26 people have answered the question. 50% think that it isn’t too combat intense, 13% however thought, that yes, indeed it was too intense. Another 20% thought that it should be even more intense and the remaining people didn’t care.
I’m still surprised anyone would think it is too combat intense but maybe we would have to know what they mean. Black Hawk Down depicts the Battle of Mogadishu, an army operation that went seriously wrong. The result of the operation shook everyone who knew about it or who was involved. The special units deployed got under heavy fire and faced an incredible aggression. They weren’t only fighting other soldiers but a huge, armed mob. Depicting something like this as realistically as possible requires intensity.
I would say, that from the point of view of a soldier who was under heavy fire, I guess, it’s not intense as nothing can equal the real thing. But maybe for someone purely watching it, it could be too intense, meaning, “too intense to watch”.
In any case, I will check back on the poll from time to time and keep you posted.
A little question for you. Do you think there is any other war movie which depicts such intense combat scenes? I think some of the more recent South Korean war movies I watched do but can’t think of an older one as intense as this.
You can find the original post with the poll here. Please vote, if you haven’t done so already.
No, I’m not being funny. I have been asked exactly this question a while ago by someone I told about this blog. It was a man in his late forties. He wasn’t really sure what I meant when I was saying I wrote a blog about war movies. It’s a genre he isn’t familiar with and he finds it highly dubious. He asked me this question to fully understand what it was that I was reviewing and writing about. Guess if he had been a bit younger the question would have been either “Is Saving Private Ryan a war movie?” or “Is The Hurt Locker a war movie?”.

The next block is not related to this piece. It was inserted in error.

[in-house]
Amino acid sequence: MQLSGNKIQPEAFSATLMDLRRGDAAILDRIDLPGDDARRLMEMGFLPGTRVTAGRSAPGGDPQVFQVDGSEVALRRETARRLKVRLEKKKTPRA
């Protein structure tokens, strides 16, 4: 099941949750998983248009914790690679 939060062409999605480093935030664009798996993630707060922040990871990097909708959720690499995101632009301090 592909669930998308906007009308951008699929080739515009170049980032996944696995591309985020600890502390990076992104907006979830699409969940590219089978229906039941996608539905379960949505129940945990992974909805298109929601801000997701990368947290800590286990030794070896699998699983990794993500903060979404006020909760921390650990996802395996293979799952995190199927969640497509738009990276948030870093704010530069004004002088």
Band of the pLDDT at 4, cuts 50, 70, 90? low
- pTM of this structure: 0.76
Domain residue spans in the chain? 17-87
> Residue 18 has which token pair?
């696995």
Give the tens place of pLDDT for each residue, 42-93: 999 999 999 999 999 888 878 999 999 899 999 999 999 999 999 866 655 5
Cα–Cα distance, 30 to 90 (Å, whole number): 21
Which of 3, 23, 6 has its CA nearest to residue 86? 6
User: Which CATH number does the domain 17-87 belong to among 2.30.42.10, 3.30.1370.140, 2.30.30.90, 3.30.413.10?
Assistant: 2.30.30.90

What I’m getting at here is that there is such a ting as THE war movie. A movie that is known far beyond the borders of the genre and by an audience that will normally not watch war movies. I don’t think it is a coincidence that he chose Platoon. Platoon and Apocalypse Now used to be the exemplary movies whenever people were talking about war movies, whether they were aficionados of the genre or they belonged to those who despise the genre.
It is hard for someone like me who has seen a lot of war movies to try to find out which is the movie that comes to mind first upon hearing the expression “war movie”. Now that I’m writing this post it’s pretty hard to think of any other war movie than Platoon. Still, for some weird reasons, the war movies which seem to be the most representative of the genre for me are Vietnam movies and that’s why, I guess, I would think of Platoon. This has nothing to do with “favourite movie”. A favourite movie could be far less typical.
How about you, which is the movie you think of first, which is the one that embodies the genre for you?